Fiddling With A Master Practice List

A master practice list is simply a big list of everything you’ve learned. If you write down everything you’ve done, you’ll be able to make better decisions about what to practice. The MPL acts as a practice partner. It offers suggestions to enrich the daily practice. Ultimately, your sessions will be more fun…

How to make a Master Practice List

I suggest organizing your practice items into three main categories:

  • Tunes
  • Technique
  • Strategies

Here’s an example of a MPL. Below that I’ll talk about each category.



List all tunes you’ve learned. I’m using the term “tune” loosely to include fiddle tunes, pop songs, tv sountracks, classical pieces, etc.

List EVERYTHING. Even those simple tunes you learned when you first started. Those simple tunes are old friends that teach new things. You can use [[Twinkle, Twinkle, Little Star]] to practice something challenging like vibrato, third position or double stops. I’m not just saying this, I do this myself.

You may want to break tunes into sub-categories

  • Old-time
  • Irish
  • Classical
  • Beginner tunes
  • Duets


List all skills and techniques you’ve learned.

Left hand/Scales

  • Finger positions (low second, raised third, etc.)
  • Intervals (D3-A1)
  • Scales: Major, dorian, pentatonic, droning double stops, etc.
  • Melodic variation
  • Vibrato

Right hand/Bowing

  • basic rhythms: hoedown, triplets
  • slurs
  • double stops
  • textures: plucking, circular bowing, bouncing


List all strategies you’ve learned. Think of these items as your “practice toolkit” 🔧

  • Looping
  • Call-and-response
  • Practice Journaling
  • Audiation
  • Chaining
  • Review

How to use it

Use the MPL to make practice decisions. Ask these questions about things on your list.

  • What do I want to learn next?
  • What needs work?
  • What do I need to review?
  • What sounds fun?
  • How can I practice this with that?

Test your recall of tunes. Go through the MPL to see what tunes you remember without having to look them up.

Make connections as you practice. You’ve been learning a tune like Kerfunken Jig. How can you practice this in a new way? How can you practice creatively?

The strategies list is useful because as you practice, you can quickly bring fresh insight and energy to what you’re working on.


Refer to the MPL when you’re at a crossroads, or when you’re unsure what to do next.

What tool should I use for the Master Practice List?

Short answer: whatever works best for you.

I use a note-taking app called Roam. But you can use a sheet of paper. What matters is that you get it out of your head into an external system. In this way, you create a practice partner.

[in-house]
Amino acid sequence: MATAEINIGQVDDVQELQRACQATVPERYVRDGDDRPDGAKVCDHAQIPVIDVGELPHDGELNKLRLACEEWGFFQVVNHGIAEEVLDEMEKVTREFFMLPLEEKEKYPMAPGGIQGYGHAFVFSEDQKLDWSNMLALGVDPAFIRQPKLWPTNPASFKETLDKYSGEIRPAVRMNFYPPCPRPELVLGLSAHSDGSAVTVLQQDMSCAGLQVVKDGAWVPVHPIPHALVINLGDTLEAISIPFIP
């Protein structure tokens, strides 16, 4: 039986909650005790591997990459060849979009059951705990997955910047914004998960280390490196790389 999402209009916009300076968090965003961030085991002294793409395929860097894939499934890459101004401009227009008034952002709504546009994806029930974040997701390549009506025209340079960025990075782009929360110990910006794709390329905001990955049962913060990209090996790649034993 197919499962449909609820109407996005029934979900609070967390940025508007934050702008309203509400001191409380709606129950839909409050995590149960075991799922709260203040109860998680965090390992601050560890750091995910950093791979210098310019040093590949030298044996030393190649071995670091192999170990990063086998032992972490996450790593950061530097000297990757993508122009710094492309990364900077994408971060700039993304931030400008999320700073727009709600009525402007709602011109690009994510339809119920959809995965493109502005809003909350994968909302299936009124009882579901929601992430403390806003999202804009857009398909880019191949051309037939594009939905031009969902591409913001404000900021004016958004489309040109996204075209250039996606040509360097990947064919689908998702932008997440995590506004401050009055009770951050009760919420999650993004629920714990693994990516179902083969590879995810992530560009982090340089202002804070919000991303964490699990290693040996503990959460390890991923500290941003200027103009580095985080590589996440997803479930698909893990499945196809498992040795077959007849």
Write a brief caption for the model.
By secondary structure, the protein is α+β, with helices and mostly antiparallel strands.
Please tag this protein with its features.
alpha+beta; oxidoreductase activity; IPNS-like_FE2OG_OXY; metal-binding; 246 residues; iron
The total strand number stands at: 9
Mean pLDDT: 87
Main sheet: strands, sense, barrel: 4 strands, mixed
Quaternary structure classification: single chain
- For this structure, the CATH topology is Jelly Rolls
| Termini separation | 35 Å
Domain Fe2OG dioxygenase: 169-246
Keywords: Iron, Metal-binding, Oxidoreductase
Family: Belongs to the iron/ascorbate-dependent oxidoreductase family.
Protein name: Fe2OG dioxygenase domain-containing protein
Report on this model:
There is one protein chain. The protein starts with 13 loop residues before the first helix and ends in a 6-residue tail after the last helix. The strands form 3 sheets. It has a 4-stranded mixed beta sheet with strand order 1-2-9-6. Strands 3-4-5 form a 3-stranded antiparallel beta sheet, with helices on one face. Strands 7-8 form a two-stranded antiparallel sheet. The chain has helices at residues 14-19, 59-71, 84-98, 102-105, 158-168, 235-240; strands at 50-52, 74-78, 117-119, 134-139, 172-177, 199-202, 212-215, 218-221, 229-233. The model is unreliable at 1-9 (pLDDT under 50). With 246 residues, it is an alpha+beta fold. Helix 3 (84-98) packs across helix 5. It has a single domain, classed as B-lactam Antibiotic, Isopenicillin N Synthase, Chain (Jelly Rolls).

Analog Master Practice List ideas

Index cards are a fun way to to a MPL. They’re portable, and can be easily organized and edited. Plus, there’s possibilities for game play. I did a workshop on this: Group Lesson: Fiddling With Index Cards

A dry erase board might be a good option.

You could also use a journal or three-ring binder. The disadvantage to this is that your lists are harder to edit.


Digital Master Practice List

For most people, the best option is a note-taking or word processing app (Word, Apple Notes, Google Docs, etc.) I use an app called Roam. You can also use the journal system within this course: Your Practice Journal

You can also use a spreadsheet. My student Fiona is uses spreadsheets with her work so it made sense for her to use it as a practice tool:

OK, but why should I use a Master Practice List?

You’ll gain greater awareness of where you’re at and where you want to go. Which means you’ll make progress building skills instead of treading water

Seeing everything you’ve done will encourage you in your practice. You’ll feel a sense of accomplishment, which will motivate you to keep practicing. This helps you to overcome The Emotional Challenge of Fiddling.

Use the MPL to connect different areas of practice. This makes your session more engaging. Like the best video game ever. You’ll have more fun when you play (always the ultimate goal!)

Remember: this list is in the service of having fun. If the list makes you anxious, then don’t do it. Ideally, it helps you to improve as musician and have more fun when you practice. This improvement will make you happy and keep you motivated to continue.

Are you ready to begin your fiddle journey? Sign up for a free two-week trial and get full access to all courses and group lessons. Plus, I’ll send you some free lessons tailored to your current skill level.

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Further learning

I was interviewed on a YouTube show called Roam Sessions about how I use Roam to practice. It’s a deep dive into note-taking and music practice.


Here are some other resources on the site:

How To Practice Fiddling Course >>

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3 responses to “Fiddling With A Master Practice List

  1. Thank you Jason! Perfect timing, I have been struggling with my practices, feeling like I just jump around and get nothing accomplished. This will help me focus and make my practice time more fun! Something I’ll look forward to!
    You are the greatest!
    Rita Smith